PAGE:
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HG Wells View Of Humanity - The Time Machine

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H.G.Wells' The Time Machine Explain "The Time Machine's" View Of Humanity? How does the novel reflect the authors view of humanity and the time time that it was written? H.G. Wells was fascinated by the theory of evolution and how far that mankind could control its own destiny. This is evident in other novels of Wells such as "War of the Worlds" and "The Shape of Things to Come". However nowhere is his fear for mankind's future more evident than in his novel "The Time Machine". His love of humanity in crisis and scientific theories have produced this great book, that has a surprising reflection of what could be seen as the views and pessimistic jitters of the author. Personally I believe there are two characters in the novel that present Wells' views. I believe that the main character of the book named "The Time Traveller" was meant to represent the author's fear and disillusion for the future of humanity. The other character being "Filby" who is the "Time Traveller's" best friend seems to be an eternal optimist whom is hoping that one day mankind will see the error of its ways and make an about turn from the fate that Wells portrays to be that of man in the future. ...read more.


At this point social status played a key part in society and it seems that Wells wants to experience a world with out this binding moral code. After the The Time Traveller takes his first dive into the future he encounters a new society in the very distant future. Which for no apparent reason he names the Eloi. This new society functions in very different way to what The Time Traveller is used to. "Apparently, the house or even the idea of a household, had vanished.","'Communism!'" I said to myself." These two quotes show The Time Traveller's great shock to seeing the degrading of society, if you could call it society. He reaches the conclusion that the human species had eventually evolved so far that they no longer had any need to fend for themselves or work at all. All work equal in this new communist society and meat was not anywhere on the menu. The Eloi strictly feasted on the fruits that they each harvest when they feel like it from the large fruit garden which is now earth. All reminiscence of architecture and civilization has completed vanished without trace from mankind. ...read more.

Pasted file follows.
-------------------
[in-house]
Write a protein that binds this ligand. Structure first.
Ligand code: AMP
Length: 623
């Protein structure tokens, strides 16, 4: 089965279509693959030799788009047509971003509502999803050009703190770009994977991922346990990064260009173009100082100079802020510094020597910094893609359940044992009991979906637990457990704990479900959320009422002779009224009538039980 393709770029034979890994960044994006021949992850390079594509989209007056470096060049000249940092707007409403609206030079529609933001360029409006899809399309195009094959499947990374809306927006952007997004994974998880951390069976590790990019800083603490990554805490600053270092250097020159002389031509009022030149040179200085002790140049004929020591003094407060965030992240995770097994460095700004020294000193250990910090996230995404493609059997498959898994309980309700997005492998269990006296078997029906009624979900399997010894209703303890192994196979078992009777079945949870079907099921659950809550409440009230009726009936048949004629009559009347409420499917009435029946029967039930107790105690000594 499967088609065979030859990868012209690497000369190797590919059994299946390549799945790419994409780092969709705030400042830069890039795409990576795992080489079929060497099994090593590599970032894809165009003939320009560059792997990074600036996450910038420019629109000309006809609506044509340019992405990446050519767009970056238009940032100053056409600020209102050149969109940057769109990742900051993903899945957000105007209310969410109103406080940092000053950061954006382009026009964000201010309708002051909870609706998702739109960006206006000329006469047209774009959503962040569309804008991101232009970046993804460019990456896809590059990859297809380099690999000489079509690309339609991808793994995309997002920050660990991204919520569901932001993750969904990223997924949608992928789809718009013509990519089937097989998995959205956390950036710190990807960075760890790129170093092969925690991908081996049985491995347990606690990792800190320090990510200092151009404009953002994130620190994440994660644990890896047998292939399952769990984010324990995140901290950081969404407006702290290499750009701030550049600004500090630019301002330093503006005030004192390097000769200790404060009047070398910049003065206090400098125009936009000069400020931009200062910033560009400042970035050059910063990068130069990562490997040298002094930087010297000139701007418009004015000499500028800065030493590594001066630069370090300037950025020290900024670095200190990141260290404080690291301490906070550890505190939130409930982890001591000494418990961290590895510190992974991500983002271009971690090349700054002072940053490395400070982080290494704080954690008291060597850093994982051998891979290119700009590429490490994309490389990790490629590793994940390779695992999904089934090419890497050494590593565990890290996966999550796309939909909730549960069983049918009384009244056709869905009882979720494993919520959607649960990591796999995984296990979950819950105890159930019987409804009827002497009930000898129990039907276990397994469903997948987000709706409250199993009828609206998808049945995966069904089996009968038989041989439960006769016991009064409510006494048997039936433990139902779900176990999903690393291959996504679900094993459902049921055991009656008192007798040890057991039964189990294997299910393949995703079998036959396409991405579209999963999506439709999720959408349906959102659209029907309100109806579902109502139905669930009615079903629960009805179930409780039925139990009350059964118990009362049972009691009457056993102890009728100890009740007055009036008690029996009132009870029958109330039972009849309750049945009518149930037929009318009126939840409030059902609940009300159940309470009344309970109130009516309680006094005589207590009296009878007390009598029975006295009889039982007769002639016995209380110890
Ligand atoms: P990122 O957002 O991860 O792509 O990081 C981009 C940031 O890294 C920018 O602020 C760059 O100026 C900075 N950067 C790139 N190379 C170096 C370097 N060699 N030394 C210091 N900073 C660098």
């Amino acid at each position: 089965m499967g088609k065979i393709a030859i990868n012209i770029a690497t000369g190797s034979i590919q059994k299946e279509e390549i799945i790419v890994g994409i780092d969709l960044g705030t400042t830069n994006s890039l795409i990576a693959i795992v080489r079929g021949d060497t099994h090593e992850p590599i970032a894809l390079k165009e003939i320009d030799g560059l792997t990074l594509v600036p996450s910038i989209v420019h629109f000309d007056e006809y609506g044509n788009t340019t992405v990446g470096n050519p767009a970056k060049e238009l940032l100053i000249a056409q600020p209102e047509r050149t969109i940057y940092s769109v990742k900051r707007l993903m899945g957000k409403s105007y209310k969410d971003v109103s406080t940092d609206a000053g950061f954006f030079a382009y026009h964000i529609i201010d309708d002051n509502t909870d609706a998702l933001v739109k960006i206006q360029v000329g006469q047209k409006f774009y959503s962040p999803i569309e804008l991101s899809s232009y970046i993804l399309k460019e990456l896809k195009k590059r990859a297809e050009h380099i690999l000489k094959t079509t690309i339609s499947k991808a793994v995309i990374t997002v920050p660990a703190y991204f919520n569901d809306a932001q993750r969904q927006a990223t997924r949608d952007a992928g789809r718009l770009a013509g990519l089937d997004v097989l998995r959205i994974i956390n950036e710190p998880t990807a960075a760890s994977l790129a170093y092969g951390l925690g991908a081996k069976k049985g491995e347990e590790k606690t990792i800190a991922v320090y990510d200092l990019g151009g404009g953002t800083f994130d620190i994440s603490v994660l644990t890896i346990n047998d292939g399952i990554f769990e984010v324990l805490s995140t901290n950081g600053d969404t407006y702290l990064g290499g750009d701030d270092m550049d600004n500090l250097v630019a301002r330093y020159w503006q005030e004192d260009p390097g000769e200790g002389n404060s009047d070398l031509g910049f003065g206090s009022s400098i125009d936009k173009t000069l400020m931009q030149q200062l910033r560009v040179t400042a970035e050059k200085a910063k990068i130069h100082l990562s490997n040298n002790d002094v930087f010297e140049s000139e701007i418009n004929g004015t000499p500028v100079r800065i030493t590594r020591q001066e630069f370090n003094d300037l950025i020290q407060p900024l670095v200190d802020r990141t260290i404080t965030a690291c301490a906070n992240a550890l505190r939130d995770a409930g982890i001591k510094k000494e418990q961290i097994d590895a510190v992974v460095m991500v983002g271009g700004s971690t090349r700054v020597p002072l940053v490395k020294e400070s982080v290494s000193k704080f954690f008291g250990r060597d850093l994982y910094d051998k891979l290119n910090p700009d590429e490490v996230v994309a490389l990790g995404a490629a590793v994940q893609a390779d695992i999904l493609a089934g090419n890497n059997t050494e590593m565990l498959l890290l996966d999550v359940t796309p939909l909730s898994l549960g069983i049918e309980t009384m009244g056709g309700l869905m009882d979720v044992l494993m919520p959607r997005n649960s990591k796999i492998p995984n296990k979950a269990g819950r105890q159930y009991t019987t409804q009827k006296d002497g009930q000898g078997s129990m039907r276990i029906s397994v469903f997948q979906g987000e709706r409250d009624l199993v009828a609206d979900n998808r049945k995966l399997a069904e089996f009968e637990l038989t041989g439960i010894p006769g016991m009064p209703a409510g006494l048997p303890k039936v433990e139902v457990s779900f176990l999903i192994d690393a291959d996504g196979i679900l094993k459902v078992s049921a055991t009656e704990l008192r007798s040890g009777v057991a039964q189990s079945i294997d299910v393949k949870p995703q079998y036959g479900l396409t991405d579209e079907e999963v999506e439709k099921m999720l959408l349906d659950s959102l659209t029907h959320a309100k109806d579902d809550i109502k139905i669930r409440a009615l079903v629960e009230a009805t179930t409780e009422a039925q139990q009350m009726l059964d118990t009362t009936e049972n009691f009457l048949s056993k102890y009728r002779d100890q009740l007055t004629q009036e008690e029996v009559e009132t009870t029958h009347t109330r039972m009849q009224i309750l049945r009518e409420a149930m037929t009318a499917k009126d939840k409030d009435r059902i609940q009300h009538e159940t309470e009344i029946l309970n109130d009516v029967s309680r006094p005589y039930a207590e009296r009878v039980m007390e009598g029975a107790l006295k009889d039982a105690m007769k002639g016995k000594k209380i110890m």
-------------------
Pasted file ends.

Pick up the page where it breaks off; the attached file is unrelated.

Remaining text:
Whereas Filby, has a positive outlook from the onset of the story and in the epilogue gives his opinion and motivational summary to spur on the human race to do well and stay dominant. I think it would be very difficult to decide whether Wells' is representing himself through The Time Traveller or through Filby. But I have come to the conclusion that Wells is the optimist with a positive outlook on life. I think this although without the epilogue the book would have an inappropriate cinematic ending it still is the only place, I believe, where Wells has put his true hopes for humanity into the story. I think Wells has used the Time Traveller to convey some of his other views and theories into World. In conclusion I think that Wells would not have described today's modern world as a dystopia. This is because all that humanity has worked for over the years is in effect and benefiting a lot of people. There is still social order and a justice system. Wells' final view is one of distant but prosperous hope, and I think so long as the book leads the reader to believe this it will draw their ideal world into a brighter future. Danny Varley 10KM 4268 15169 Wootton Upper School ...read more.

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